Nearly seventeen years ago, my friend and his wife lost their 34 year old son to cancer. A friend of the son who attended the funeral was doing mission work in the Ukraine and offered to take the son's clothing back with him to the impoverished nation
The proposal to create a new elite police unit in Honduras called TIGRES is a really bad idea. The acronym stands for Intelligence Troop and Special Security Response Groups, or "Tigers." Clever acronym, but dumb concept.
Last month, police officers in Tegucigalpa went on strike because of a new order from the top brass insisting that they work three out of four weekends a month, instead of the normal two. Who would be so asinine as to continue wishing to be treated as slaves?
Now that a Guatemalan court has convicted General Erfrain Rios Montt of "genocide" maybe we can better come to terms with the history of the early 1980s when the Reagan Administration was determined to vanquish communism in Central America.
Honduras is more than twice the size of Costa Rica, has double the protected area and is easier to get to from the United States. The only real difference, says James Adams, the head naturalist at The Lodge at Pico Bonito, is "Costa Rica is more savvy at marketing.
In hindsight, the severity of what Mr. Zelaya actually did to merit a coup has a tendency to grow less and less convincing, particularly when you measure it by the severity of what the National Congress has done to destroy Honduran democracy since December 12, 2012.
The U.S. Treasury Department's recent designation of "Chepe" Handal as a key Honduran drug kingpin represents a boon for efforts to dismantle narco-trafficking networks in Honduras dominated by Mexico's Sinaloa and Zetas cartels.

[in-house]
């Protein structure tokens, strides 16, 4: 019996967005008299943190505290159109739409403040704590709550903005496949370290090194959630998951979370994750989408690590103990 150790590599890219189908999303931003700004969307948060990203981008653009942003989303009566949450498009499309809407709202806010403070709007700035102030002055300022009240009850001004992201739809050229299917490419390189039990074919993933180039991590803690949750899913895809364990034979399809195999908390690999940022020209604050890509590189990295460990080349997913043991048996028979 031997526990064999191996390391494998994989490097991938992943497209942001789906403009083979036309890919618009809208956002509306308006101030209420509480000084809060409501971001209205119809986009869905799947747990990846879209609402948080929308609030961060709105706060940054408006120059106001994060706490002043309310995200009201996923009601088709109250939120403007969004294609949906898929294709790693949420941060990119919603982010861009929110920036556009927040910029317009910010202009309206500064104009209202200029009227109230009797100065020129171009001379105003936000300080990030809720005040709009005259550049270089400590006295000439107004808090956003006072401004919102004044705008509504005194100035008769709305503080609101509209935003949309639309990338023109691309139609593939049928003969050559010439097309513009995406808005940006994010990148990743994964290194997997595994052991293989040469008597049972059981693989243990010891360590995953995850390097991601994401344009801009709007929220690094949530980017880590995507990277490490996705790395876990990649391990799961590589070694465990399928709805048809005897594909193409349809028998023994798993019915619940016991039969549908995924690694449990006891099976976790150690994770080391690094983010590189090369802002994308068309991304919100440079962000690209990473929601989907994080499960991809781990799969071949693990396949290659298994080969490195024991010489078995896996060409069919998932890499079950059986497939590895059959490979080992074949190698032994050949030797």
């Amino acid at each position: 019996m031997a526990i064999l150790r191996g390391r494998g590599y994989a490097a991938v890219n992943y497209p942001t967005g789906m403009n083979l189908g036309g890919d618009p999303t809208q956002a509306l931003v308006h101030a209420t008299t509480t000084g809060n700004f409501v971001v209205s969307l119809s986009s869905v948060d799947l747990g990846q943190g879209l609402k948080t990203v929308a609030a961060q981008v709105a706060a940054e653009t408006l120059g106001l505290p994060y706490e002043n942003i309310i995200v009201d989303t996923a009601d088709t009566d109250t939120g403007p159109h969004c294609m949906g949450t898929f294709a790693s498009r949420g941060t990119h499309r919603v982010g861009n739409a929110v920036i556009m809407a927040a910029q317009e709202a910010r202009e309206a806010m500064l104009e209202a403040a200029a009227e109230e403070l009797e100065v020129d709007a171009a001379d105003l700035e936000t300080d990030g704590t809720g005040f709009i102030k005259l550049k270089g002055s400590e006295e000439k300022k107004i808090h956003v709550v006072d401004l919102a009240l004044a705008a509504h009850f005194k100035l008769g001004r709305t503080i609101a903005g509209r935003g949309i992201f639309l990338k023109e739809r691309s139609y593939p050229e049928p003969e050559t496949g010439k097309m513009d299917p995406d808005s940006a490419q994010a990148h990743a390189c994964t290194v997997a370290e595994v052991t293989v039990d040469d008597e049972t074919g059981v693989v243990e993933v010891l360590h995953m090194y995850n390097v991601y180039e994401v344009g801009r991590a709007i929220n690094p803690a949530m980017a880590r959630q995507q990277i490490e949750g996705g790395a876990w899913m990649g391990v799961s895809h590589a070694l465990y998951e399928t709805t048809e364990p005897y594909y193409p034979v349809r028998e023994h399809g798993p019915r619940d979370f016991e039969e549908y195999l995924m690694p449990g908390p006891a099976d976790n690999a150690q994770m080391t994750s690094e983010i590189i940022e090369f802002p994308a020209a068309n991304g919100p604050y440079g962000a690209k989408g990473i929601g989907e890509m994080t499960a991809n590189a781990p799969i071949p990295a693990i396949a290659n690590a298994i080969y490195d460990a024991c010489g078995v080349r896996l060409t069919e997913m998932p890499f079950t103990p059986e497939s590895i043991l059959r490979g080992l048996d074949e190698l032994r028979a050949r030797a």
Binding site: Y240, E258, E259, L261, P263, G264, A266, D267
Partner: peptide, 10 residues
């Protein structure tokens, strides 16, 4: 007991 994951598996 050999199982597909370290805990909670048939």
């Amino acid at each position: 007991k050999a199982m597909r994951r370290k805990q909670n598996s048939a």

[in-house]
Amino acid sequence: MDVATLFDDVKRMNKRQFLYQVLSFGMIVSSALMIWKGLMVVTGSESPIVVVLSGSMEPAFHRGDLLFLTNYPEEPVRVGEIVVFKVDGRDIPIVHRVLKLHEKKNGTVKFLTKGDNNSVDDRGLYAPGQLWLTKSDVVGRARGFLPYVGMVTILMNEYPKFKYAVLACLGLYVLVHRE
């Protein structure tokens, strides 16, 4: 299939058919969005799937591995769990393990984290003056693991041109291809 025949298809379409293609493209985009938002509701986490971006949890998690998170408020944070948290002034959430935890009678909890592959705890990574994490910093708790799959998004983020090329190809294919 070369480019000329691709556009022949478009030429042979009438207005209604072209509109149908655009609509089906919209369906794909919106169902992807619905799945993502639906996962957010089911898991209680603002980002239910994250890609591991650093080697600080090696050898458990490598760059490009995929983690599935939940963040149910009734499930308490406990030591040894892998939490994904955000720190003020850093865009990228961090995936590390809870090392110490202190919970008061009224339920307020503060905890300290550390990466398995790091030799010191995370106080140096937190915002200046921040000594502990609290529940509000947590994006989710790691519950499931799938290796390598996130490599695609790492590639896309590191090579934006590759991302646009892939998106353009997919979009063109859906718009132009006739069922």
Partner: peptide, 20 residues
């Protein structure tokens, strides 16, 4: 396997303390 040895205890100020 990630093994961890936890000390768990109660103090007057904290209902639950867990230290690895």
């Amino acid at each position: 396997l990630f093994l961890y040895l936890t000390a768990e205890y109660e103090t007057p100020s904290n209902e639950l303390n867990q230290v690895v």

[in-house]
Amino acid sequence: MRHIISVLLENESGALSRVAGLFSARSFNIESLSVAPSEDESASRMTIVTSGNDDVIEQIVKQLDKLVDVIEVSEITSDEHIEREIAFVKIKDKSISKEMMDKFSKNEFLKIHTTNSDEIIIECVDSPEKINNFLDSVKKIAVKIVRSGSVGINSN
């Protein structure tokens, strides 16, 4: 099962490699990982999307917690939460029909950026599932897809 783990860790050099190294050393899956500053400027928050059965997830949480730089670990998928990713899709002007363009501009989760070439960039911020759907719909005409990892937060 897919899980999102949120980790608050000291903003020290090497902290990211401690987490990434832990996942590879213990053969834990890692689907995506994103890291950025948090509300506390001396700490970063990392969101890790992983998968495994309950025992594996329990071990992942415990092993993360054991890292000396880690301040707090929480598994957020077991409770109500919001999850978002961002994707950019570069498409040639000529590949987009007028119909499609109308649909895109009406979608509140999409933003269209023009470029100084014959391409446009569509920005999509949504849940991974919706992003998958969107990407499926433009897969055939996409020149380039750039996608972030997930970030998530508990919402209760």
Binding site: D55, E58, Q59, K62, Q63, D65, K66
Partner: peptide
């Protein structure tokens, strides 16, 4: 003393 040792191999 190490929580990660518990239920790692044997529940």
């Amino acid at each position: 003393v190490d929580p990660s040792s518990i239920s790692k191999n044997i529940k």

In the Garifuna communities of Honduras, it's an act of courage to admit to being HIV positive. With a grant from the Pulitzer Center, photographer David Rochkind and I interviewed people who overcame fear and discrimination to go public with their diagnosis and help educate others.
Making the number of homicides the only determinant of how dangerous a city is is rather absurd.
A death squad government may not be the Obama administration's first choice for Honduras, but they prefer it to another left government that people might elect if they were able to organize in a free election.
The choice will depend on whether the 117 Cardinals voting will lean more toward seriously reforming the Catholic Church -- notably as it relates to the continuing problem of pedophilia and lack of transparency -- or roughly keeping to the status quo.
So if you can't do away with the U.S. demand, and you can't destroy the current suppliers by legalizing the market, then what? There's a third way. Make it a lot more difficult for the drugs to enter the U.S. No, I'm not talking about U.S. military interdiction efforts.
The sooner a comprehensive immigration reform bill puts the estimated 600,000 undocumented Hondurans in the U.S. on a path to citizenship, the sooner these immigrants can move out of the shadow economy and compete for higher wages as equals to U.S. citizens.
Honduras is one more case in the epidemic of global land grabs sweeping the planet. Hundreds of thousands of peasants and indigenous people are being violently displaced. The result has been called "The War on Peasants."
If we could keep these resolutions, 2013 would be a banner year for U.S.-Latin American relations.
Earlier this year the government in El Salvador negotiated a groundbreaking deal with the Salvadoran MS-13 and a rival gang, Calle-18. In a bold move, mediators in El Salvador essentially extended the framework of humanitarian engagement to gang warfare.